A Saint in Schio

The Christophers
(Feb 8, 2024) Faith-Inspiration

Logo of the parish of Saint Josephine Bakhita of Montrouge in color. (Wikimedia Commons/Pitou56)

During World War II, the industrial town of Schio in northern Italy, like other places in the country, endured bombings. This happened even after the overthrow of Mussolini due to the Nazi occupation that kept the people in peril. But in the bombings of Schio, not a single death was recorded. The townspeople credited this to Mother Josephine Bakhita of the Canossian Daughters of Charity, who was living amongst them and had already been identified by many as a saintly figure. Josephine Bakhita was canonized in 2000 by Pope John Paul II, and today her image hangs over the front door of the Church of the Holy Family, adjacent to the Canossian convent in Schio.

Her life of holiness began in Sudan, where she was raised in a loving family with three brothers, three sisters, and a prosperous father whose brother was the village chief. Tragically, at the age of nine years old, Josephine was abducted and sold into slavery. She suffered horrible abuse for many years, until she was sold to an Italian consular agent stationed in Africa. While this man and his family treated her in a kindlier manner, they still maintained an unjust sense of ownership over her. Nevertheless, when the family was returning to Italy, Josephine requested to go with them, so they brought her along as their servant.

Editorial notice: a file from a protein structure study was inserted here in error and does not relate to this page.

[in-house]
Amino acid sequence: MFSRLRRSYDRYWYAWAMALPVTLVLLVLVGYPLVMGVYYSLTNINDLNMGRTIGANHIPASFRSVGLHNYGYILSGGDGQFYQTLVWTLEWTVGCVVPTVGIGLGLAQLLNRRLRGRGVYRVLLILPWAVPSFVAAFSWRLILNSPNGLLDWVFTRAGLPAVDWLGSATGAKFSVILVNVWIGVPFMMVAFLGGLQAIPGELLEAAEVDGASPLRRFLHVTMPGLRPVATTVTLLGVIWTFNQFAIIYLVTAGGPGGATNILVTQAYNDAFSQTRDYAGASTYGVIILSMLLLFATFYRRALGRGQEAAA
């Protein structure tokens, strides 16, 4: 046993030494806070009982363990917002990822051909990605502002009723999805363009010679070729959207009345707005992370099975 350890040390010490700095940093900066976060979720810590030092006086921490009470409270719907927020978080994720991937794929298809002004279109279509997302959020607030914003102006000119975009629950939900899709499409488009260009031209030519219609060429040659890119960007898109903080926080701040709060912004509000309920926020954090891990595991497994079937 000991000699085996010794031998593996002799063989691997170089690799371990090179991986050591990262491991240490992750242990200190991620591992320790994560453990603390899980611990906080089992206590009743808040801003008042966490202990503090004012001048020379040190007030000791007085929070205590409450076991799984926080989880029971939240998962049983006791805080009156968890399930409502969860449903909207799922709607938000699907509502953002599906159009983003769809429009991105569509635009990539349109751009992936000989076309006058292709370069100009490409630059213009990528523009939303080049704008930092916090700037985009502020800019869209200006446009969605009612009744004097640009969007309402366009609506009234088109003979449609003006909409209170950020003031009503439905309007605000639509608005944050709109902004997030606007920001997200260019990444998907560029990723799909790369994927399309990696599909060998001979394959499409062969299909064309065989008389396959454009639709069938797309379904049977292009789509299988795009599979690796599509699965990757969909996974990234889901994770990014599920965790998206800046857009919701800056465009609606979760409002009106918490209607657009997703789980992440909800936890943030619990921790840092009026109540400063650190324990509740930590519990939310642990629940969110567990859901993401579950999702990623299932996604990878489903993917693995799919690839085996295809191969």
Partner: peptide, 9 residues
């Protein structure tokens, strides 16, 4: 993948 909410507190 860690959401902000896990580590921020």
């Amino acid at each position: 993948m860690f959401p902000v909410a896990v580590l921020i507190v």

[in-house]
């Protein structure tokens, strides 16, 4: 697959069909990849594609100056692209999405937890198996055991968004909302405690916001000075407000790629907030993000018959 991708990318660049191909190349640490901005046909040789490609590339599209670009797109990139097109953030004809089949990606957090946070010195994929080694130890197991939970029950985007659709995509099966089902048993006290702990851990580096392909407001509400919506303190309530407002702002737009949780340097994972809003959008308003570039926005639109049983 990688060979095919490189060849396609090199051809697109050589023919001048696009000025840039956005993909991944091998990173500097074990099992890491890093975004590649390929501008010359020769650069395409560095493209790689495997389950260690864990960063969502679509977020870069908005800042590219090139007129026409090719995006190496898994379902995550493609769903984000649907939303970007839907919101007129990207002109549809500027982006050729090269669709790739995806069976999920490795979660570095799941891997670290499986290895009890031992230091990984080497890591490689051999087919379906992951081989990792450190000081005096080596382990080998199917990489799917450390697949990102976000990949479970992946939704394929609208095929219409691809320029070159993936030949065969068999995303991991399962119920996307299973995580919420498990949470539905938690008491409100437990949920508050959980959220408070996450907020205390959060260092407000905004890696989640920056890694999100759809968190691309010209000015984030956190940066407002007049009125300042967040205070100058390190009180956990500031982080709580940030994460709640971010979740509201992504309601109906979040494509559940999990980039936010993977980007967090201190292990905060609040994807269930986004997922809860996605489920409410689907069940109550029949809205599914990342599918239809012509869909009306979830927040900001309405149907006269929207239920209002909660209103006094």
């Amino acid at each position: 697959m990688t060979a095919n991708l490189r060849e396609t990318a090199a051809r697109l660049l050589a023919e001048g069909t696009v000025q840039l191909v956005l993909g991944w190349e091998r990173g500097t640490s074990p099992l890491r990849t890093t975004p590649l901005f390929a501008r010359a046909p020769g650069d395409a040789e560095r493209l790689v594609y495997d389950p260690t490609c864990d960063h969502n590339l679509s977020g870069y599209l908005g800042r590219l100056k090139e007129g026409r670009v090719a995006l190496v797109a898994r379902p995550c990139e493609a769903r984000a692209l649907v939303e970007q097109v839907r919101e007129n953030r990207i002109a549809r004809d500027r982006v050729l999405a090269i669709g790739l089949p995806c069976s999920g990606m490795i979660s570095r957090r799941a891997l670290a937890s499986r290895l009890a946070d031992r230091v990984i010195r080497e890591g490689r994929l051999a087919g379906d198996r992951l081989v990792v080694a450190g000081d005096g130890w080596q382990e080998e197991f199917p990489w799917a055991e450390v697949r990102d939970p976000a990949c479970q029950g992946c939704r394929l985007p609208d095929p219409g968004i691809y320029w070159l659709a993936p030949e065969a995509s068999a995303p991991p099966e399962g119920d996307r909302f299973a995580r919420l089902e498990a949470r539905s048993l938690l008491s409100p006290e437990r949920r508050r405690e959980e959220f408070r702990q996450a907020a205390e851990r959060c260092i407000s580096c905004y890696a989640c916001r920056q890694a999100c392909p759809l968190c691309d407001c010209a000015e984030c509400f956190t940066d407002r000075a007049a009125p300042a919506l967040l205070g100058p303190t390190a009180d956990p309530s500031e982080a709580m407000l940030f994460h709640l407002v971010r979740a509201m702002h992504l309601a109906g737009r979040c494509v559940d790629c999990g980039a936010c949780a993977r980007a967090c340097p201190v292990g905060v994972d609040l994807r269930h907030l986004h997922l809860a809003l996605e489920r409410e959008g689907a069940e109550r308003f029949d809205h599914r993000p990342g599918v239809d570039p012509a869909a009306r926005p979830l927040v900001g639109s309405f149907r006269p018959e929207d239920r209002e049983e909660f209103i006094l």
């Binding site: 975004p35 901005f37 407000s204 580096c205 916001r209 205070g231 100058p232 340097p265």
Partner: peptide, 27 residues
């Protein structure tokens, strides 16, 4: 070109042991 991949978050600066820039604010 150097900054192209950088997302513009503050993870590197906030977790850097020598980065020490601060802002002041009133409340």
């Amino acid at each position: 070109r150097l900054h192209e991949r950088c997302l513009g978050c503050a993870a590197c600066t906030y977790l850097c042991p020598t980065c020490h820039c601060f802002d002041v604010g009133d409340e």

In Italy, Josephine had the opportunity to learn about Jesus through the Canossian Daughters of Charity, who also lobbied for her to be granted freedom, which she won in a court case, enabling her to devote herself to learning the faith. On January 9, 1890, Josephine received baptism, confirmation, and first communion from the patriarch of Venice, who had been instrumental in helping her attain freedom. In 1902, she made her profession as a Canossian Daughter of Charity and was asked to serve in the town of Schio.

Over the next 45 years, Josephine became known for her devout prayer life and the tremendous mercy she showed to others. She contributed to her community through simple tasks of cooking and sewing, her artistry as an embroiderer, and her selfless service to the many visitors they received. As she grew older, she began to suffer physical pain and eventually had to use a wheelchair to get around, but she was known for the joy she displayed even amid her suffering. She had a great devotion to Mary, writing in her autobiography, “Mary protected me even before I knew her!” Josephine died on February 8, 1947. Just before passing, she cried out, “Our Lady, Our Lady!”

The people of Schio continue to venerate Saint Josephine Bakhita, and the Canossian Daughters of Charity maintain a permanent exhibit dedicated to her memory. She has also been designated as the patron saint of Sudan, where there has been much turmoil in recent years. Her feast day is on February 8th, which is a great time to pray for her intercession for an end to war and violence in Sudan and for the people of Schio and all those who make pilgrimages there.

The life of Saint Josephine Bakhita is a testament to God’s grace at work in the world. Through all her hardship, she did not give up, and God led her to a better place, where she could then inspire others to know they were protected even amid the horrors of war. May Saint Josephine Bakhita inspire us all to the holiness she displayed on her road to sainthood.

Schio, Saint feast day, World War 1, Mother Josephine Bakhita, Canossian Daughters of Charity, Sudan, Sudanese Catholic, trending-english